Interventional
Phase 4
Allocation: Randomized
Intervention Model: Parallel Assignment
Masking: None (Open Label)
Primary Purpose: Treatment
  • Hyperlipidemia
  • Hypercholesterolemia
  • Drug: Niacin
  • Drug: Colestipol
  • Drug: Ezetimibe
    Other Name: Zetia
  • Active Comparator: Statin with Niacin
    Niacin dose range of 500-1500mg (average 888mg)
    Intervention: Drug: Niacin
  • Active Comparator: Statin with Colestipol
    Colestipol dose range 5-15gm (average 9.5gm)
    Intervention: Drug: Colestipol
  • Active Comparator: Statin with Ezitimibe
    Ezitimibe 10mg (average 10mg)
    Intervention: Drug: Ezetimibe
Ansell BJ. Rationale for combination therapy with statin drugs in the treatment of dyslipidemia. Curr Atheroscler Rep. 2005 Feb;7(1):29-33. Review.

*   Includes publications given by the data provider as well as publications identified by ClinicalTrials.gov Identifier (NCT Number) in Medline.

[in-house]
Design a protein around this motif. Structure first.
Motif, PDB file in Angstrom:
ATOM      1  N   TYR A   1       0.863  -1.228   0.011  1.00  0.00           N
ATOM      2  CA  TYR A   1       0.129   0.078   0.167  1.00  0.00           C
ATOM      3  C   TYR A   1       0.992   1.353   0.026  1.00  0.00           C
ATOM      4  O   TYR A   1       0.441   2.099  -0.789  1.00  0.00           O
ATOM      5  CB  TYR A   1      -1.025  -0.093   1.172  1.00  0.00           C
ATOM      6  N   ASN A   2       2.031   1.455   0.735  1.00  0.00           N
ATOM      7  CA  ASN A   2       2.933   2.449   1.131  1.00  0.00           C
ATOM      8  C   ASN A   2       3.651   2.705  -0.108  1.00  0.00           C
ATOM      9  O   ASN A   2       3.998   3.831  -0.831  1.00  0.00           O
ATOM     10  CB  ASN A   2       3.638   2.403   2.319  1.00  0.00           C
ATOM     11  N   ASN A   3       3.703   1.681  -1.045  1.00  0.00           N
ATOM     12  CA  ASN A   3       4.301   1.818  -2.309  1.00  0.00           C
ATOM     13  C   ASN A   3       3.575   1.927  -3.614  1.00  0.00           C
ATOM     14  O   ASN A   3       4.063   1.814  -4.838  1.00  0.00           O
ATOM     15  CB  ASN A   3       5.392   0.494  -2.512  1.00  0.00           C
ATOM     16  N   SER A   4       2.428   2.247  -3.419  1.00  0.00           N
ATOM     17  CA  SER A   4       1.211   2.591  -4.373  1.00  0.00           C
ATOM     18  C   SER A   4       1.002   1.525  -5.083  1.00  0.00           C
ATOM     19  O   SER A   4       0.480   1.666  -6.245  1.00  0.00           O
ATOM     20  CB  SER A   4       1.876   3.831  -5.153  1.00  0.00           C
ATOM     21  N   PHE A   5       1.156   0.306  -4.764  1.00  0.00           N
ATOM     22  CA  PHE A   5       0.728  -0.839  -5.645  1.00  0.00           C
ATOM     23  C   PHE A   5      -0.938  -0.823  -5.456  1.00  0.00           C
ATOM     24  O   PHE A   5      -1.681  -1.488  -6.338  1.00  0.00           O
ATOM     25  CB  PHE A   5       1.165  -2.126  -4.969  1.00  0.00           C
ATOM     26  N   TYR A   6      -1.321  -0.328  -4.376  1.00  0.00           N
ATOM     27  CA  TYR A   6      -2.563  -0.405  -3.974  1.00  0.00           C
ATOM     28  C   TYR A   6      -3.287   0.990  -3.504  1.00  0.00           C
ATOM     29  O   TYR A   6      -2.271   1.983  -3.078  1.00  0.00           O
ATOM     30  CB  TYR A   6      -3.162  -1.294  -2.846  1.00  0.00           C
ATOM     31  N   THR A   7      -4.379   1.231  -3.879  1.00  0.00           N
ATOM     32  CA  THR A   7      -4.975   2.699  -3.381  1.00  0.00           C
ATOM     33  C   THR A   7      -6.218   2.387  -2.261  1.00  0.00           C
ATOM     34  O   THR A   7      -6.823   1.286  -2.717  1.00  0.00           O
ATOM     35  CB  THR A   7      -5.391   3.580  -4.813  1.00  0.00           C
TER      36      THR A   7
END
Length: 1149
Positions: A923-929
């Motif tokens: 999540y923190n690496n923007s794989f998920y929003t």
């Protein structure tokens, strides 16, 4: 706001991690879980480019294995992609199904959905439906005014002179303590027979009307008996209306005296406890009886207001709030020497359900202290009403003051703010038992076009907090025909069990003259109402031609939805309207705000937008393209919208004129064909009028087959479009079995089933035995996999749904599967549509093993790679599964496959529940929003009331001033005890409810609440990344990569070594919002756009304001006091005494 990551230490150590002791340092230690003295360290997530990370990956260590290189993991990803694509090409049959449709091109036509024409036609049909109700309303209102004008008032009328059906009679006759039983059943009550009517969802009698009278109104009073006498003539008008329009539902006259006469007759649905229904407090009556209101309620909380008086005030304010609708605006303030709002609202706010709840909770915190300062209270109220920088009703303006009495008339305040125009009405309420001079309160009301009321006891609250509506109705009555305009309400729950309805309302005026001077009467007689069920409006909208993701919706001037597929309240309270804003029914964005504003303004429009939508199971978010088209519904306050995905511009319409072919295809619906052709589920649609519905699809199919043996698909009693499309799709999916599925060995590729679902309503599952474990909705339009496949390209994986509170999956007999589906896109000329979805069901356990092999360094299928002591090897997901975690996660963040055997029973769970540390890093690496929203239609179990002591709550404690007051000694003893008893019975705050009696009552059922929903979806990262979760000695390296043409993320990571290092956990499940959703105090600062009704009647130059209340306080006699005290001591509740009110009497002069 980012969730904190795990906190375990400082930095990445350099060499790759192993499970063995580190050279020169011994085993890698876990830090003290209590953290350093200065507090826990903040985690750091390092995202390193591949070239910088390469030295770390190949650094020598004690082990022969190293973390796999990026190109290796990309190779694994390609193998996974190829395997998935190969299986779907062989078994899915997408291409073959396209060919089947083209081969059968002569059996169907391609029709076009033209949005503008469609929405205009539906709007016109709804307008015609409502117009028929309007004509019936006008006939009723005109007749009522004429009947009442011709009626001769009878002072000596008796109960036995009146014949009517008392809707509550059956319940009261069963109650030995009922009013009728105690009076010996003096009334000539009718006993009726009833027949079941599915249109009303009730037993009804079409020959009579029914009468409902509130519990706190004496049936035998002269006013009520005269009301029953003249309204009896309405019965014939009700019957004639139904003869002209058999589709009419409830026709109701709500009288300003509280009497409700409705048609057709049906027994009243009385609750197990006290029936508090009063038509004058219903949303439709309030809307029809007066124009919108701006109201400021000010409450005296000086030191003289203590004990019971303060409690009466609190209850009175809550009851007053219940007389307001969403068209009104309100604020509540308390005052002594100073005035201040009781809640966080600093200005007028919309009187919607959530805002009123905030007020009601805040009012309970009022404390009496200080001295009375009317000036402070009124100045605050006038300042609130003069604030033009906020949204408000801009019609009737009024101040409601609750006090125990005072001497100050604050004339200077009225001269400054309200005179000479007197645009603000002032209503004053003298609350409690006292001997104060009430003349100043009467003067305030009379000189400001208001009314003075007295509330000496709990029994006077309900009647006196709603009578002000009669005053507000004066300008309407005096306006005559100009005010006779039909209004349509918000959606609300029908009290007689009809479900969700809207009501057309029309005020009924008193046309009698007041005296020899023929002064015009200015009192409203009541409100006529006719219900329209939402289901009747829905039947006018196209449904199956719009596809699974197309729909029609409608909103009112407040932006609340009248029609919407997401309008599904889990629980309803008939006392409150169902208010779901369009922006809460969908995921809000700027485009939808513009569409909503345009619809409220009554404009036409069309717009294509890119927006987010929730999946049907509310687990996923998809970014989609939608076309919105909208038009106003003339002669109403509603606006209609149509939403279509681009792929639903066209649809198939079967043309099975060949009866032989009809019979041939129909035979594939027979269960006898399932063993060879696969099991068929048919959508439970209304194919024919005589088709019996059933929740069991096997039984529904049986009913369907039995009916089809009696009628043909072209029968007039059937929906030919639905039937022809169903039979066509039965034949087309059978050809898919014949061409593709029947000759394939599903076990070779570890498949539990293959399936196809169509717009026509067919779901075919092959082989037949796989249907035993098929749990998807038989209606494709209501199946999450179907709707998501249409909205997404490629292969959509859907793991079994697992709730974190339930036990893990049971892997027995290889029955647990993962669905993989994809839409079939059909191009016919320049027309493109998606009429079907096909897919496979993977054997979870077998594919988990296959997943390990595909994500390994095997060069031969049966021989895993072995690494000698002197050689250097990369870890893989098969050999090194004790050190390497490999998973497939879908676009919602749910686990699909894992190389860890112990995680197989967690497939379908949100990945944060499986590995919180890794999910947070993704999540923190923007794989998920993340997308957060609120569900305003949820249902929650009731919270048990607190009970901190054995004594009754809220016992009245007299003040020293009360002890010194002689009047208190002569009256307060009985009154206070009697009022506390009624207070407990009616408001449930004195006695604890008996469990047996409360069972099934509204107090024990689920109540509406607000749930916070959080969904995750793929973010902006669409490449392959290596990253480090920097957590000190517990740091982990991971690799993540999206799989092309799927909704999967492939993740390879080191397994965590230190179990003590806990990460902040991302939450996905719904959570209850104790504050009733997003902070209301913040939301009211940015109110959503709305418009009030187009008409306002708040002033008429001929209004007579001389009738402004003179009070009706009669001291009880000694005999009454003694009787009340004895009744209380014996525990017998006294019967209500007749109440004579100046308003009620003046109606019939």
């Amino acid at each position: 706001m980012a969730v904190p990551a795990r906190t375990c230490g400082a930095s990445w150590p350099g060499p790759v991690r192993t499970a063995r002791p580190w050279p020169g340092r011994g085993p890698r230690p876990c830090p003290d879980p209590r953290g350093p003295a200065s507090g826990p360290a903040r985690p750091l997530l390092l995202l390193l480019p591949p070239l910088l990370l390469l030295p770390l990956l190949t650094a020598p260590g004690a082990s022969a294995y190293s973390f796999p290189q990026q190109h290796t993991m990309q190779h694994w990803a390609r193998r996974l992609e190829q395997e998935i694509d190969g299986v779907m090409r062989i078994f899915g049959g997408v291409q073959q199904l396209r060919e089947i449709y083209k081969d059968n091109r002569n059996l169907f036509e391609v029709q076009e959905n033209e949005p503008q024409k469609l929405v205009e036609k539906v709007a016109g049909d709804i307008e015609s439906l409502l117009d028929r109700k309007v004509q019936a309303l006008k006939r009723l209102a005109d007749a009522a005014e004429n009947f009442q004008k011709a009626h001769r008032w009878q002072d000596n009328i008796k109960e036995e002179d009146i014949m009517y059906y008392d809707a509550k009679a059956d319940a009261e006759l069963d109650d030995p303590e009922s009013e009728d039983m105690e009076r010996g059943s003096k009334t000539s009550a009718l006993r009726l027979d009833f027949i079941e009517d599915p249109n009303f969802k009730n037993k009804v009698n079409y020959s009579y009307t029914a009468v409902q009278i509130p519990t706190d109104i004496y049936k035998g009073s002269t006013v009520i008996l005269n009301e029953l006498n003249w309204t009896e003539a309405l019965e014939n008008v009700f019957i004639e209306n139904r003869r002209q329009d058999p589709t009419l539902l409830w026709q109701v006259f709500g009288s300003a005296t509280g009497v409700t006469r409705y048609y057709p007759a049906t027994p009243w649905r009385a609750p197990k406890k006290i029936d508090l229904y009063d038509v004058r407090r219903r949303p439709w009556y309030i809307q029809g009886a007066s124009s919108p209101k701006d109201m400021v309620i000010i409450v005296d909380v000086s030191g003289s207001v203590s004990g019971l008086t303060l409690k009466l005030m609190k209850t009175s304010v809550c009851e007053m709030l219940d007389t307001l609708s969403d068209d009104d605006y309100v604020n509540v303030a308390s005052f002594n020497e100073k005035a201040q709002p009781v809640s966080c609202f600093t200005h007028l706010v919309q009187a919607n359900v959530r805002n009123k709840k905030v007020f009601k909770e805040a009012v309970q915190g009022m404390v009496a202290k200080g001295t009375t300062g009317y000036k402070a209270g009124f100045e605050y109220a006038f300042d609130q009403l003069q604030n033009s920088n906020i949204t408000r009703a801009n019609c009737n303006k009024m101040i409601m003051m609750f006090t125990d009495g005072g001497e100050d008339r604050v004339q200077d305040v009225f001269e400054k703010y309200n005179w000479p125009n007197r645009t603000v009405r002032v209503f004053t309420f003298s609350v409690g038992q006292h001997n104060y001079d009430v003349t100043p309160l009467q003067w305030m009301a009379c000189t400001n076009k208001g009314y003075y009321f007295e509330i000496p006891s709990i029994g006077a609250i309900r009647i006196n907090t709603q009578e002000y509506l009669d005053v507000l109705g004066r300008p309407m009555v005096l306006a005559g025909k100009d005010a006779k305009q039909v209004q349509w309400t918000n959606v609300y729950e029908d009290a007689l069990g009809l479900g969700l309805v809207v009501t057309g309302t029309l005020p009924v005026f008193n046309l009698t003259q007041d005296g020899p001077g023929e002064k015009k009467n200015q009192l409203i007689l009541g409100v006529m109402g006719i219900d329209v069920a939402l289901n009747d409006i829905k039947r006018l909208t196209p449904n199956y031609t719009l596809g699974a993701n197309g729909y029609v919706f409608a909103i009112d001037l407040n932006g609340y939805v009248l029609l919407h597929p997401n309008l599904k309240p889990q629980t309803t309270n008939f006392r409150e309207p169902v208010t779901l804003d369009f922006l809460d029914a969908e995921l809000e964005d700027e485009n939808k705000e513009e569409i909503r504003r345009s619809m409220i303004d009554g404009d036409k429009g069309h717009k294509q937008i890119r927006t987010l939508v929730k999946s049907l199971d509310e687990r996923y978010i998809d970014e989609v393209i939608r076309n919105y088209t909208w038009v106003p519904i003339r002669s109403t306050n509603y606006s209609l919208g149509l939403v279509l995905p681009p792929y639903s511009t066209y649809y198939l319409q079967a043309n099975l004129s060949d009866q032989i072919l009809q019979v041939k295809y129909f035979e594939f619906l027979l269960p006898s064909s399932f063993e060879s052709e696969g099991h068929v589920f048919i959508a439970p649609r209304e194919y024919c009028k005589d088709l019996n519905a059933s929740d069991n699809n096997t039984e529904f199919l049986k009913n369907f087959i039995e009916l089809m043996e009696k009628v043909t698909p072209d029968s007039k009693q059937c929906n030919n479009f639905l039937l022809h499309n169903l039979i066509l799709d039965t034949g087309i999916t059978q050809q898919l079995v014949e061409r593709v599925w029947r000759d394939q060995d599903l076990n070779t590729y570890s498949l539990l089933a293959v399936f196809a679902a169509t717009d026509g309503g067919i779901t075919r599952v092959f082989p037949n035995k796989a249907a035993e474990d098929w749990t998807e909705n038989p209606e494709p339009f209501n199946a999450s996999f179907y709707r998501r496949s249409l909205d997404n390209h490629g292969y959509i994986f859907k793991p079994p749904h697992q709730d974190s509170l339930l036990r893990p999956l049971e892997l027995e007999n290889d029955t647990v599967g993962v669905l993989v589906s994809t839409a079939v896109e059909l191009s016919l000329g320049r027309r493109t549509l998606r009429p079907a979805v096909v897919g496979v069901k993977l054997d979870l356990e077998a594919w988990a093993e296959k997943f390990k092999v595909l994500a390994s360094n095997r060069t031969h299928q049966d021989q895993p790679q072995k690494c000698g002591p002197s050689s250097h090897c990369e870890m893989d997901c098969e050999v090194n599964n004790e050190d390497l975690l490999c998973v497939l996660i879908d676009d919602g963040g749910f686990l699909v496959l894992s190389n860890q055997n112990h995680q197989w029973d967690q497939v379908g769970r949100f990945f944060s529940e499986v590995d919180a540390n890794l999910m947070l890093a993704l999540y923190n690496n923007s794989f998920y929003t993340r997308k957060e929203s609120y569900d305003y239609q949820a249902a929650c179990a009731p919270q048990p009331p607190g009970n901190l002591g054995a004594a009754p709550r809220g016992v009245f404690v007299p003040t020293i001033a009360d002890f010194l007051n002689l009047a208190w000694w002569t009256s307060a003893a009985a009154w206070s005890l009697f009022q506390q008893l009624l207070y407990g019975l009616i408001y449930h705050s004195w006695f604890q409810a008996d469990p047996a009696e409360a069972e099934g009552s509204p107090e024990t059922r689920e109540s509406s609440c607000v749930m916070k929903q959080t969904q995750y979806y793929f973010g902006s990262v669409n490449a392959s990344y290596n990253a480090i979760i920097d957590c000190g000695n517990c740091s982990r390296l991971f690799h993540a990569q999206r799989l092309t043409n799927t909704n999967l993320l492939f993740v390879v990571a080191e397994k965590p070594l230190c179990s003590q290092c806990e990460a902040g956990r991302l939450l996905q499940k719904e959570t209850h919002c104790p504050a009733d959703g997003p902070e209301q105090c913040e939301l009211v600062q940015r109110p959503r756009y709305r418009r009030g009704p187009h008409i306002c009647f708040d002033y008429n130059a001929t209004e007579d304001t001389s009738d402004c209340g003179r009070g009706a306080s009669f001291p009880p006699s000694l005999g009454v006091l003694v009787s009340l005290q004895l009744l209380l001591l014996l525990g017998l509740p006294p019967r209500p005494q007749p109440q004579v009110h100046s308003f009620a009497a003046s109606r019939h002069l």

Completed
30
90
January 2008
January 2008   (Final data collection date for primary outcome measure)

Inclusion Criteria:

  • Veterans eligible for treatment at the Tuscaloosa VA Medical Center
  • 50 years of age
  • Male or female
  • Any race or ethnic group
  • Signed informed consent
  • Hyperlipidemia despite current maximum tolerated dose of an HMG CoA Reductase inhibitor (statin) for > 6 weeks
  • Currently not meeting NCEP ATPIII treatment goals for LDL cholesterol

Exclusion Criteria:

  • Known hypersensitivity or intolerance to ezetimibe, niacin, or colestipol
  • Previous failed adequate trial of adjunctive ezetimibe, niacin, or colestipol